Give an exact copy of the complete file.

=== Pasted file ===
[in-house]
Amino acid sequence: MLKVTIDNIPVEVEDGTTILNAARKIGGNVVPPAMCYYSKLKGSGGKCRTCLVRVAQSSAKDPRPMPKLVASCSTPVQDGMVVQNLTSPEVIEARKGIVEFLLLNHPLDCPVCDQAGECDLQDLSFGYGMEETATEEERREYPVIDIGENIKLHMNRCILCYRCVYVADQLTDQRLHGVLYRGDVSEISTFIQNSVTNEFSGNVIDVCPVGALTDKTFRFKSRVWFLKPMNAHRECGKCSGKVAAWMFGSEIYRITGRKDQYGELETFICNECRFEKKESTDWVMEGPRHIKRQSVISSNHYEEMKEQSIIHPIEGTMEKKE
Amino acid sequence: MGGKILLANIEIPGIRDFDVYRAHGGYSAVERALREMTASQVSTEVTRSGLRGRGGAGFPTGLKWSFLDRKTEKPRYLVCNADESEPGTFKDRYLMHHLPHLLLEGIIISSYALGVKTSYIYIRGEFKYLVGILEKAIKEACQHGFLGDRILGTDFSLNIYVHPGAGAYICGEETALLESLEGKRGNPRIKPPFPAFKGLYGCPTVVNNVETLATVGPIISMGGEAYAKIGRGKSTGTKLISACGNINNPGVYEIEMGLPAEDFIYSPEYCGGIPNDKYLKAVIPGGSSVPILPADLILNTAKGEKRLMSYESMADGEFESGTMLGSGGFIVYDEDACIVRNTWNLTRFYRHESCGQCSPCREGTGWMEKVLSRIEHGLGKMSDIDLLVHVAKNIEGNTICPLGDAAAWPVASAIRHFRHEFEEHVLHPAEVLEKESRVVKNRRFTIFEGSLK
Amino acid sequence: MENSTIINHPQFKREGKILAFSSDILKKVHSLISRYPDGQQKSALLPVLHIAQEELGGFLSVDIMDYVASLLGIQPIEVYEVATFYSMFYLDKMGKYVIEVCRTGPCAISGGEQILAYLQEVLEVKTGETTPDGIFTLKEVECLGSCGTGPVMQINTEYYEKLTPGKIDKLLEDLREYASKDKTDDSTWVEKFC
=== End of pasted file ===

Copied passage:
[in-house]
Amino acid sequence: MLKVTIDNIPVEVEDGTTILNAARKIGGNVVPPAMCYYSKLKGSGGKCRTCLVRVAQSSAKDPRPMPKLVASCSTPVQDGMVVQNLTSPEVIEARKGIVEFLLLNHPLDCPVCDQAGECDLQDLSFGYGMEETATEEERREYPVIDIGENIKLHMNRCILCYRCVYVADQLTDQRLHGVLYRGDVSEISTFIQNSVTNEFSGNVIDVCPVGALTDKTFRFKSRVWFLKPMNAHRECGKCSGKVAAWMFGSEIYRITGRKDQYGELETFICNECRFEKKESTDWVMEGPRHIKRQSVISSNHYEEMKEQSIIHPIEGTMEKKE
Amino acid sequence: MGGKILLANIEIPGIRDFDVYRAHGGYSAVERALREMTASQVSTEVTRSGLRGRGGAGFPTGLKWSFLDRKTEKPRYLVCNADESEPGTFKDRYLMHHLPHLLLEGIIISSYALGVKTSYIYIRGEFKYLVGILEKAIKEACQHGFLGDRILGTDFSLNIYVHPGAGAYICGEETALLESLEGKRGNPRIKPPFPAFKGLYGCPTVVNNVETLATVGPIISMGGEAYAKIGRGKSTGTKLISACGNINNPGVYEIEMGLPAEDFIYSPEYCGGIPNDKYLKAVIPGGSSVPILPADLILNTAKGEKRLMSYESMADGEFESGTMLGSGGFIVYDEDACIVRNTWNLTRFYRHESCGQCSPCREGTGWMEKVLSRIEHGLGKMSDIDLLVHVAKNIEGNTICPLGDAAAWPVASAIRHFRHEFEEHVLHPAEVLEKESRVVKNRRFTIFEGSLK
Amino acid sequence: MENSTIINHPQFKREGKILAFSSDILKKVHSLISRYPDGQQKSALLPVLHIAQEELGGFLSVDIMDYVASLLGIQPIEVYEVATFYSMFYLDKMGKYVIEVCRTGPCAISGGEQILAYLQEVLEVKTGETTPDGIFTLKEVECLGSCGTGPVMQINTEYYEKLTPGKIDKLLEDLREYASKDKTDDSTWVEKFC